As I alluded to in a previous post, we had to catch a lot of lizards from these sites! We needed at least 80 A. sagrei from Andros and we were also on the lookout for any other anole species we could find.
Much like my lizards in Greece, we used long fishing poles with a little loop at the end to slip around the lizard and grab them. Here’s a video demonstrating the process from Greece:
Very different however was that these anoles are quite a bit smaller than my wall lizards. Many of them weigh less than half a decent-sized Podarcis from Naxos. That meant that the nooses had to be tied with light dental floss, and the catching was a little less forgiving. If the noose was too “stiff” then the lizards would just dash right through the hole before the string could close around them.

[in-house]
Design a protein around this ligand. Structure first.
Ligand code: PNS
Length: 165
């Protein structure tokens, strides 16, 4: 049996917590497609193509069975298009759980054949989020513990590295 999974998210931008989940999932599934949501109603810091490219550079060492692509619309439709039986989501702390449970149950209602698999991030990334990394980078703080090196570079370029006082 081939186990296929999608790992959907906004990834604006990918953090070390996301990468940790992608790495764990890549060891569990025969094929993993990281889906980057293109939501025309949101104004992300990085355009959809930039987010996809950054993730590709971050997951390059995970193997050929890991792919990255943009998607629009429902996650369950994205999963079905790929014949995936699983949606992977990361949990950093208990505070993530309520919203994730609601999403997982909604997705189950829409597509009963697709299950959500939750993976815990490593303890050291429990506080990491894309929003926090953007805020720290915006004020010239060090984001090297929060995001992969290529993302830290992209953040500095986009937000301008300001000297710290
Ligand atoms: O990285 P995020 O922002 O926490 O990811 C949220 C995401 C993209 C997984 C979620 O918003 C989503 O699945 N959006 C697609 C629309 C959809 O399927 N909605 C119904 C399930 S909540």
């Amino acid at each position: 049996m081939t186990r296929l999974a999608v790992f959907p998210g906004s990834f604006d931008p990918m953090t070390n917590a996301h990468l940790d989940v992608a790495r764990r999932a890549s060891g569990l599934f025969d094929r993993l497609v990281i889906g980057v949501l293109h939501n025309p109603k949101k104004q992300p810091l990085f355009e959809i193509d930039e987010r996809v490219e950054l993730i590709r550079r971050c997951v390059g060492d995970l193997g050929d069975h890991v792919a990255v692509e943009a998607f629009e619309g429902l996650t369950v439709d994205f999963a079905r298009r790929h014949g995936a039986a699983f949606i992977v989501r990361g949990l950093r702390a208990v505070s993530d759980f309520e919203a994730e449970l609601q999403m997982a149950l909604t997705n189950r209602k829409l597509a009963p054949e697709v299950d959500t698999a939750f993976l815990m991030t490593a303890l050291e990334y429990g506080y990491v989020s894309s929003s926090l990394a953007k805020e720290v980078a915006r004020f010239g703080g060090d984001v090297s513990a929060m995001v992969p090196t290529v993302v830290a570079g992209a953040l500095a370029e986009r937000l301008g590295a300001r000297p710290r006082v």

There was one positive however: if you spook a Podarcis they often dash off and it’ll be a few minutes before you see them again for a second try. With these anoles if I startled them with a missed catch they’d often run four inches to the side and then stare up at you, allowing a second chance. And a third, and a fourth, and a fifth. Too often it came to that, they can be a bit squirrel-y around tree trunks and in the undergrowth.
One missed catch however particularly stands out in my memory – it was a first of its kind for me. I was nicely lined up for a grab of a nice sagrei when all of a sudden this bird landed on my pole! It stayed long enough for me to get a picture with my phone – see the lizard just on the other side of my noose? Well, just after I snapped the picture the bird spooked the lizard, and I didn’t see that particular sagrei again, but I think the picture is worth the missed catch. Any thoughts on the identity of the cheeky percher?